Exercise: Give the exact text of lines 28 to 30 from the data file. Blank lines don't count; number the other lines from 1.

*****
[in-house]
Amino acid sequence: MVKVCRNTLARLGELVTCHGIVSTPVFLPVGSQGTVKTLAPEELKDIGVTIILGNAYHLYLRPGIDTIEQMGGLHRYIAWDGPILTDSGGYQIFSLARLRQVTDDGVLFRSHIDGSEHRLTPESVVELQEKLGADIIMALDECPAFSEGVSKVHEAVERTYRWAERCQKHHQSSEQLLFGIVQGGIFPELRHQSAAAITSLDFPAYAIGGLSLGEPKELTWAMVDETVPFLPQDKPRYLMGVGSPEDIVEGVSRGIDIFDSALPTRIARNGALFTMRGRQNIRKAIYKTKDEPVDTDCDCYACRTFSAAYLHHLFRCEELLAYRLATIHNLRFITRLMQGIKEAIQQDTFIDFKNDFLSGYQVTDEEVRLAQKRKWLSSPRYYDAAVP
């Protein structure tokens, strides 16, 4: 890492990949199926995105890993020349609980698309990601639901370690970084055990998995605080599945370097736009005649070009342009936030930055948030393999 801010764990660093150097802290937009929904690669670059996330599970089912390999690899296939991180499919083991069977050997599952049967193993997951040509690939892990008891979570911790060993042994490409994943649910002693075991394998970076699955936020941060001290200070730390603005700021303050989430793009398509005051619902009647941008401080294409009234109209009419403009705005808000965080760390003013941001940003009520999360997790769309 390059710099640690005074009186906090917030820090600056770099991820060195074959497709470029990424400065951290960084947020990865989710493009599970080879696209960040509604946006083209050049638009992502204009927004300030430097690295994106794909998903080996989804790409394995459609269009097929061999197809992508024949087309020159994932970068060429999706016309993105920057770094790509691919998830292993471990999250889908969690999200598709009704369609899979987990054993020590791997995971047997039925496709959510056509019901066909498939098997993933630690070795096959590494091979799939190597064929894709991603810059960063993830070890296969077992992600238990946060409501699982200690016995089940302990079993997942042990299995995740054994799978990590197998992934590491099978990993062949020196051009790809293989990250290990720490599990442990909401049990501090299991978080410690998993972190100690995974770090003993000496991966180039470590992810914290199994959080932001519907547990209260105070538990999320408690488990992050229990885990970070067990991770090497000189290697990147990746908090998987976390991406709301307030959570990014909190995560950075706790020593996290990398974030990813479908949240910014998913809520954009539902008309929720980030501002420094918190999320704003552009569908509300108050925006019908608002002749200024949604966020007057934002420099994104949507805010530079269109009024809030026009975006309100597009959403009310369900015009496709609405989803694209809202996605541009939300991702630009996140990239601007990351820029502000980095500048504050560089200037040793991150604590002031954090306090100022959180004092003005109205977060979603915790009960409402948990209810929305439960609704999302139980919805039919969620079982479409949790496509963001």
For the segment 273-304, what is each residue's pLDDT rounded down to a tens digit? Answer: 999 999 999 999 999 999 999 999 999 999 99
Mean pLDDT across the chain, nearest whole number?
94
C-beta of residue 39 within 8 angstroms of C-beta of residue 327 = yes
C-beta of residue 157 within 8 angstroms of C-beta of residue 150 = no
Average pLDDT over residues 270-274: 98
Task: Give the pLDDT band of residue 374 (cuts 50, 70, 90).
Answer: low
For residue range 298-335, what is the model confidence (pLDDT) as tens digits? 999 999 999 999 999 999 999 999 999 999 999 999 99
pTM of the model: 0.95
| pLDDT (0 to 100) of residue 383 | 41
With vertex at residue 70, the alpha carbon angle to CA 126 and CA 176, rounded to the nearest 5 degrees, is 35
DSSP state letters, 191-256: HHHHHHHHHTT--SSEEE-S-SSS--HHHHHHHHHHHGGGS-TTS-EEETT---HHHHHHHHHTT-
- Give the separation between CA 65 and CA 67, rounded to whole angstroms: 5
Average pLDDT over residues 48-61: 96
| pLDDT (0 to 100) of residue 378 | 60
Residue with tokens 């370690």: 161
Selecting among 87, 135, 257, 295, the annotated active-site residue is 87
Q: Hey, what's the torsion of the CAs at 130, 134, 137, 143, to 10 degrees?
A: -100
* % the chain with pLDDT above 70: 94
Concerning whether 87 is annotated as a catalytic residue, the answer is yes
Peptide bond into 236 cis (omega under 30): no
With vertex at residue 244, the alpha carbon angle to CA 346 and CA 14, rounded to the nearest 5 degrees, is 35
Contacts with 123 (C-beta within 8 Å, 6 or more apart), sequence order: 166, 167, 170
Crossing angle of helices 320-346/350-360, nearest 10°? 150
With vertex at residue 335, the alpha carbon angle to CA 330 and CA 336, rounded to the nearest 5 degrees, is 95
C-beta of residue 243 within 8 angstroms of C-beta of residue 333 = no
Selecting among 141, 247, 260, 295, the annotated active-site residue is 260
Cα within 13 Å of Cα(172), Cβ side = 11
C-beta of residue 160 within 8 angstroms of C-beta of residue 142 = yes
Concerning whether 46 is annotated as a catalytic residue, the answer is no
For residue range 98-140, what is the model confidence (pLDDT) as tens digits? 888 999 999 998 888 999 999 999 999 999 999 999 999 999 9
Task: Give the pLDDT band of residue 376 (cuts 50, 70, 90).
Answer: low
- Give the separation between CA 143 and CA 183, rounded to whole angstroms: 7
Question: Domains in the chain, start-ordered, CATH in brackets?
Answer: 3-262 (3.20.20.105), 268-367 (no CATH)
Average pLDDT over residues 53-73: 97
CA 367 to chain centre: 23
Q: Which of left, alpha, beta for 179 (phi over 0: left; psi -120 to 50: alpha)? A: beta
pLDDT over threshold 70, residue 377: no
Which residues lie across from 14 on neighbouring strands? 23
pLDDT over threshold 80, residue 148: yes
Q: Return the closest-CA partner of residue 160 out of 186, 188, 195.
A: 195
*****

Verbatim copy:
Contacts with 123 (C-beta within 8 Å, 6 or more apart), sequence order: 166, 167, 170
Crossing angle of helices 320-346/350-360, nearest 10°? 150
With vertex at residue 335, the alpha carbon angle to CA 330 and CA 336, rounded to the nearest 5 degrees, is 95